Stieg Larsson — The Girl With The Dragon Tattoo

I intended to read this book years ago and finally got to it. I won’t go into great detail. There are plenty of reviews available with so much detail you almost don’t need to read the book.

There are two plots. The story begins with Mikael Blomkvist’s conviction for libel for an article he wrote about billionaire businessman Wennerström. This plot line stays in the background until late in the book. Mikael is then hired by Vander, another rich man, to write a family history as a cover to find out what happened to his granddaughter, Harriet, who disappeared almost forty years earlier. This is the plot that consumes most of the book.

The book covers many subjects including business greed and crime, abuse of women, twisted family relationships, journalism ethics, Swedish Nazism, computer hacking, and more.

There are also two main characters: Mikael Blomkvist and Lisbeth Salander, (the girl with the dragon tattoo). Lisbeth doesn’t get involved with the investigation until about halfway through the story, but we follow what she is doing before that. Larsson gives us great detail about both of these very different characters.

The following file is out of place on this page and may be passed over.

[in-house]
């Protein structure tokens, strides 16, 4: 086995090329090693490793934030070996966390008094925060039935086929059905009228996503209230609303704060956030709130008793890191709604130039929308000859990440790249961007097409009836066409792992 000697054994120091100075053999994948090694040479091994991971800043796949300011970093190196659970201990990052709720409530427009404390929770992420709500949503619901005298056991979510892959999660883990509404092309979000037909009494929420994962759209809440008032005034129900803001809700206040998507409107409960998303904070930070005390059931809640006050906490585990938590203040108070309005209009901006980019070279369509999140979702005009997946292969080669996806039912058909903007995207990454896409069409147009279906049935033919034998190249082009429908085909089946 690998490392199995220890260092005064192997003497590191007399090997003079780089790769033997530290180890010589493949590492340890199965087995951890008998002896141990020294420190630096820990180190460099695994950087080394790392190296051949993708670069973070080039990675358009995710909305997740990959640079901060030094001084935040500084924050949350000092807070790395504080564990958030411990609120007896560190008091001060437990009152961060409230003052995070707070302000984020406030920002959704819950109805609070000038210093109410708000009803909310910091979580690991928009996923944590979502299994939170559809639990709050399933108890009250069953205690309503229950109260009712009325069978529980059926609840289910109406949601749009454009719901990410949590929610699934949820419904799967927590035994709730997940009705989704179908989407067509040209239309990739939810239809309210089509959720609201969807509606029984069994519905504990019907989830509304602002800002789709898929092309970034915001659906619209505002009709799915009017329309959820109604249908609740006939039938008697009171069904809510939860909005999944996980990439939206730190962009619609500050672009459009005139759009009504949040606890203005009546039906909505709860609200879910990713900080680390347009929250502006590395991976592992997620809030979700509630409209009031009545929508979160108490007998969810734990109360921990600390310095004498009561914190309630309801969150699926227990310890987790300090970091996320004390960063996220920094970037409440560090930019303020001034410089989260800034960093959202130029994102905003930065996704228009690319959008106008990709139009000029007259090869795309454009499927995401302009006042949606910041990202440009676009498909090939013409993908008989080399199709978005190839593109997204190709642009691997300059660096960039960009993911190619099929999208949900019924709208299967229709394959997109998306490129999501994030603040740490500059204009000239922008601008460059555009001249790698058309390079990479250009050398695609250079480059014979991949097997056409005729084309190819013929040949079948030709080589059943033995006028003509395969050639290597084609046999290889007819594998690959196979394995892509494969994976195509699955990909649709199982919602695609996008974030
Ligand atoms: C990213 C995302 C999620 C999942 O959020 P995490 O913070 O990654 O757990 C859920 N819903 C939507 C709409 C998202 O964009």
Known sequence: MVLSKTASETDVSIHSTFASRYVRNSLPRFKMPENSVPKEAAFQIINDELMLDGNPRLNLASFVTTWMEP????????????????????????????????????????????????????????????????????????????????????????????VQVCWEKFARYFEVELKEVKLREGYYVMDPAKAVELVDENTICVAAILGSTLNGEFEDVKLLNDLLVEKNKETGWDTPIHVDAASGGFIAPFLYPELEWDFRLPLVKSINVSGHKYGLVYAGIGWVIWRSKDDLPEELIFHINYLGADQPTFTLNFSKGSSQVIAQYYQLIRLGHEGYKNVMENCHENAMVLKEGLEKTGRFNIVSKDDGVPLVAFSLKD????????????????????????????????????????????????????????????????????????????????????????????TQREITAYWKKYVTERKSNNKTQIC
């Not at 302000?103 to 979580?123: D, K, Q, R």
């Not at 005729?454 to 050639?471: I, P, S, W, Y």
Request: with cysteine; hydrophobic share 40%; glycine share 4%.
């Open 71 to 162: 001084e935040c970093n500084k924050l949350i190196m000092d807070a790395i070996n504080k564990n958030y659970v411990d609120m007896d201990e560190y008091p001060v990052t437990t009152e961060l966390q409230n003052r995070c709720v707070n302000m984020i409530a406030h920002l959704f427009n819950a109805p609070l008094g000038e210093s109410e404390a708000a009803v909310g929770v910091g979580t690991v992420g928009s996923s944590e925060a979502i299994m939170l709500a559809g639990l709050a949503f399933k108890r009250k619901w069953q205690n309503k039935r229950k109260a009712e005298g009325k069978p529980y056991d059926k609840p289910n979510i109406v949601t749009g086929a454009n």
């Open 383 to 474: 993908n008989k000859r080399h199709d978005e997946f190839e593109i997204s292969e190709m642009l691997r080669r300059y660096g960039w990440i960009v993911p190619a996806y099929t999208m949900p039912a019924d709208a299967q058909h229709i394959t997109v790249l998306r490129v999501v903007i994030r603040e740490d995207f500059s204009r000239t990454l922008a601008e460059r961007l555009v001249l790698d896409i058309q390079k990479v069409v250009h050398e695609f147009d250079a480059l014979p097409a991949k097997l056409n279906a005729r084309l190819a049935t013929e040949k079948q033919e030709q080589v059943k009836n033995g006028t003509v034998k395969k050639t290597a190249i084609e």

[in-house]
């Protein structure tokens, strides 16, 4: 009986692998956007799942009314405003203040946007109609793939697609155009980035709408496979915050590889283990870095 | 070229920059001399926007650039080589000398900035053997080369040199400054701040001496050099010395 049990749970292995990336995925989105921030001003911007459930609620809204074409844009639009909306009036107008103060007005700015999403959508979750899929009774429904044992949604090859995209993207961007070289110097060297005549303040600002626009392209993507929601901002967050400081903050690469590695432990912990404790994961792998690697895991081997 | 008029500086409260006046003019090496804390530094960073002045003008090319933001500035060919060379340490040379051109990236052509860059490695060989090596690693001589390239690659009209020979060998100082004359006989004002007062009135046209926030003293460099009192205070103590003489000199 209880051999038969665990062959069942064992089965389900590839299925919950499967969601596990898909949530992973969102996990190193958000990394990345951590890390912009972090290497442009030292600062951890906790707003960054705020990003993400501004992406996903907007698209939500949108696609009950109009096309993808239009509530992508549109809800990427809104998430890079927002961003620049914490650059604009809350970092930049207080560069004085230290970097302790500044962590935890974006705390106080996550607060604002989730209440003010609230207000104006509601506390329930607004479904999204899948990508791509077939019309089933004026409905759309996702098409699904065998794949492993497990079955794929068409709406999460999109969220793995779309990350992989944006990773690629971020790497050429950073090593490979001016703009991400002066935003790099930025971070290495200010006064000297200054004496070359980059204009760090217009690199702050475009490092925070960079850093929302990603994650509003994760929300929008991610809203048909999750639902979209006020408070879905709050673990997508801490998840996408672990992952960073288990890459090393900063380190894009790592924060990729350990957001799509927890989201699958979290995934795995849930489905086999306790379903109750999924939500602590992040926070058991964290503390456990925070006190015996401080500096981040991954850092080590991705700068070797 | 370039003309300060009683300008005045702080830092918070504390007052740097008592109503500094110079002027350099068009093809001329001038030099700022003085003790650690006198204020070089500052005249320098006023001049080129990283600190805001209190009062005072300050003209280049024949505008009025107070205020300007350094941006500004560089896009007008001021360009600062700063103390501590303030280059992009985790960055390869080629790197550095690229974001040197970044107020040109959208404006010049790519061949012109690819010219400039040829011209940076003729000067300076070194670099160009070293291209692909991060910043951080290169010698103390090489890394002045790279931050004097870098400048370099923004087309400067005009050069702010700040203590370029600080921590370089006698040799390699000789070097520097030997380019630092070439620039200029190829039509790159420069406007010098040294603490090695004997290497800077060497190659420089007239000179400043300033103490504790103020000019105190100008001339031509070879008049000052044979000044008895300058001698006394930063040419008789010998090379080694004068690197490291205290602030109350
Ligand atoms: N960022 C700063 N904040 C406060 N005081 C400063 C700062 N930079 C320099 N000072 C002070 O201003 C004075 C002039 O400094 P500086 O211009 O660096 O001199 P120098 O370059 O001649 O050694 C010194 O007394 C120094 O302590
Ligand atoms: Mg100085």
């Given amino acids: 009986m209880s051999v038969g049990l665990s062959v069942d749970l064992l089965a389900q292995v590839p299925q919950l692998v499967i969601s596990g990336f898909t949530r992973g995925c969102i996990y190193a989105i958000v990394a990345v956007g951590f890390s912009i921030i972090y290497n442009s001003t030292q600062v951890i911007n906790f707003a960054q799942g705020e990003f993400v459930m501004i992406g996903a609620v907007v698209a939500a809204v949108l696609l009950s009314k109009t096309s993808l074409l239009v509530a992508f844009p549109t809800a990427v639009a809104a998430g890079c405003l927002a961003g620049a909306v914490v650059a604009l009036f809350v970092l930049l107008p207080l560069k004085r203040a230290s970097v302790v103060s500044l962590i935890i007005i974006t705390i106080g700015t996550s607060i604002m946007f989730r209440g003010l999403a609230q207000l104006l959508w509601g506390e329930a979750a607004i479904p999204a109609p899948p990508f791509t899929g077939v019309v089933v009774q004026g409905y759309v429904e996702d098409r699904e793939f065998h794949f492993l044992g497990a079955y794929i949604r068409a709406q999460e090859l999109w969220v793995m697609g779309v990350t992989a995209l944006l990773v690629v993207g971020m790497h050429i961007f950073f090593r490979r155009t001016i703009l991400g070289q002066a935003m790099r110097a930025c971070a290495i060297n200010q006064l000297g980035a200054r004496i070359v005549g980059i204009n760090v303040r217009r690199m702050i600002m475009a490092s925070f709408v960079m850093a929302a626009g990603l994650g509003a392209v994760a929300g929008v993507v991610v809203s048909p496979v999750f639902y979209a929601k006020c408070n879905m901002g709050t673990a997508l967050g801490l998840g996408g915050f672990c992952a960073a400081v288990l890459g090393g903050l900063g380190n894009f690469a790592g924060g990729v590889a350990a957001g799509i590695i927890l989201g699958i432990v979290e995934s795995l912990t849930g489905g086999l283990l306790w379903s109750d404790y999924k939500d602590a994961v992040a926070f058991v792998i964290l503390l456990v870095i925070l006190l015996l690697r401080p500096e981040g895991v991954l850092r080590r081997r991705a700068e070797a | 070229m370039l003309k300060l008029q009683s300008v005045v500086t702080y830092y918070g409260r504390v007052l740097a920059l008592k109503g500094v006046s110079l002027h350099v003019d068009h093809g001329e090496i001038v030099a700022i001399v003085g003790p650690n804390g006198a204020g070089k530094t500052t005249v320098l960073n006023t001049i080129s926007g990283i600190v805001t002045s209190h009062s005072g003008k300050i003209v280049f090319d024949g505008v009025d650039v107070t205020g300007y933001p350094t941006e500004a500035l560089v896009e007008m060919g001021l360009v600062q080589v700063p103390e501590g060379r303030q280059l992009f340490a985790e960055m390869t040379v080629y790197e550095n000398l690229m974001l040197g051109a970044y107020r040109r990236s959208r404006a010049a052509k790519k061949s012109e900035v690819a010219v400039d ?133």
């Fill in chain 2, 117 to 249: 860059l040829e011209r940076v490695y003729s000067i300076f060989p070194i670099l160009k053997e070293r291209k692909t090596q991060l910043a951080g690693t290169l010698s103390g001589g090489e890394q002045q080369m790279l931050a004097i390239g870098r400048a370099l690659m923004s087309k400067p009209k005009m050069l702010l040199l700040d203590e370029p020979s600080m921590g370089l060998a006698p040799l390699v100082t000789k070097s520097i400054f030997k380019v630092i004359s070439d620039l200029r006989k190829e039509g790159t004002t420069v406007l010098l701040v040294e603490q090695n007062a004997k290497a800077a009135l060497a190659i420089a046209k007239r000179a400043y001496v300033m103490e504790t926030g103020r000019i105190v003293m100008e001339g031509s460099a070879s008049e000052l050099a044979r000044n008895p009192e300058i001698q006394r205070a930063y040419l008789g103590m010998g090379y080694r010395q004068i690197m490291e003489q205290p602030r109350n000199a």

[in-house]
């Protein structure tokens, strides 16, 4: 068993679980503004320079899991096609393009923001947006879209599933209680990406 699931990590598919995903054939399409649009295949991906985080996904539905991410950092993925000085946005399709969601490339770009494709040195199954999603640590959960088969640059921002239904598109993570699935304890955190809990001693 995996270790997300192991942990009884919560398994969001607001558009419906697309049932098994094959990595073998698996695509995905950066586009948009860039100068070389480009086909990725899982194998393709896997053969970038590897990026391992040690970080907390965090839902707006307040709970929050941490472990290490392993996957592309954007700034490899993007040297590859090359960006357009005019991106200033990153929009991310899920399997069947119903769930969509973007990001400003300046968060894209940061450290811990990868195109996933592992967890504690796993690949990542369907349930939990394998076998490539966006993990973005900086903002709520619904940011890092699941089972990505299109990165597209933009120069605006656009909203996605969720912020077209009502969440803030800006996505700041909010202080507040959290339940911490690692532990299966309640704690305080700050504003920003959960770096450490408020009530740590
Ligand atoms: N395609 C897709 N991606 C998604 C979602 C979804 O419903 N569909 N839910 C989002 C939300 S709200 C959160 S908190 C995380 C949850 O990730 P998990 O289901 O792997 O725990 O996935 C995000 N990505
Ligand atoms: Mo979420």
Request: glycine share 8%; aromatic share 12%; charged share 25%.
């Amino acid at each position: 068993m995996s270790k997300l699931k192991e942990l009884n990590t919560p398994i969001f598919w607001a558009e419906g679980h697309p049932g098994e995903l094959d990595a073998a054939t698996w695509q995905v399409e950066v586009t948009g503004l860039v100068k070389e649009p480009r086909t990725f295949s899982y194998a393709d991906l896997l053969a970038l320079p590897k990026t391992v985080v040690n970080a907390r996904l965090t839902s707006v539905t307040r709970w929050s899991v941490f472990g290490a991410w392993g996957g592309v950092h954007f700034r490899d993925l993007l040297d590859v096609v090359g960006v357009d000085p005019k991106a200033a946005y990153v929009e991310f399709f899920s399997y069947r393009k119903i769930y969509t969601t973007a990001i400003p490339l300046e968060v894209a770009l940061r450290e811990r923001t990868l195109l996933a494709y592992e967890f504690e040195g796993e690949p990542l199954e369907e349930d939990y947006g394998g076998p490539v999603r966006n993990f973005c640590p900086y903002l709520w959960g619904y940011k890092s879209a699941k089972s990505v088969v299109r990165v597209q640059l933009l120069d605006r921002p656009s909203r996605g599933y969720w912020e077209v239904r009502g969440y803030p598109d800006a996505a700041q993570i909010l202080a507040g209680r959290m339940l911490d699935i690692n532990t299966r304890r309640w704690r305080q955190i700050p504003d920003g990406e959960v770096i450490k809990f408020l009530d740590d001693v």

I enjoyed the book from the beginning, even though the first half was rather slow with too much detail about clothes, meals, and day-to-day minutia. Mikael spends a lot of time on the family history and very little on the missing girl until way into the book.

The climax of the story occurs about three-quarters of the way through. The rest of the book ties up all the loose ends, including the first plot.

Larsson’s writing kept me interested from beginning to end.

James Lee Burke — The New Iberia Blues

Burke writes vivid settings. He brings you into the bayous of Louisiana and activates all your senses—sight, sound, smell, taste, touch—and more. He laments what greed and politics is doing to his beloved land.

His characters (good guys and bad guys) have depth. But protagonist, Dave Robicheaux, has to be in his eighties and is still playing cop and lusting after women in their twenties. Dream on, Burke. A bit less of Robicheaux’s anger and feeling sorry for himself would make him more likable and move the story along.

The plot keeps you guessing about the villain, who is ritualistically killing members of the community using a tarot theme. But I did suspect the killer early on.

Dennis Lehane — The Drop

A very dark tale set in the underbelly of Boston. Lehane paints very vivid portraits of his characters, some of whom you wouldn’t want to meet in a dark alley. There is a nice story of a man and his dog woven through the novel plus the building of a romance between two lonely people.

The author is an excellent writer holding my interest in the story and all the unsavory characters.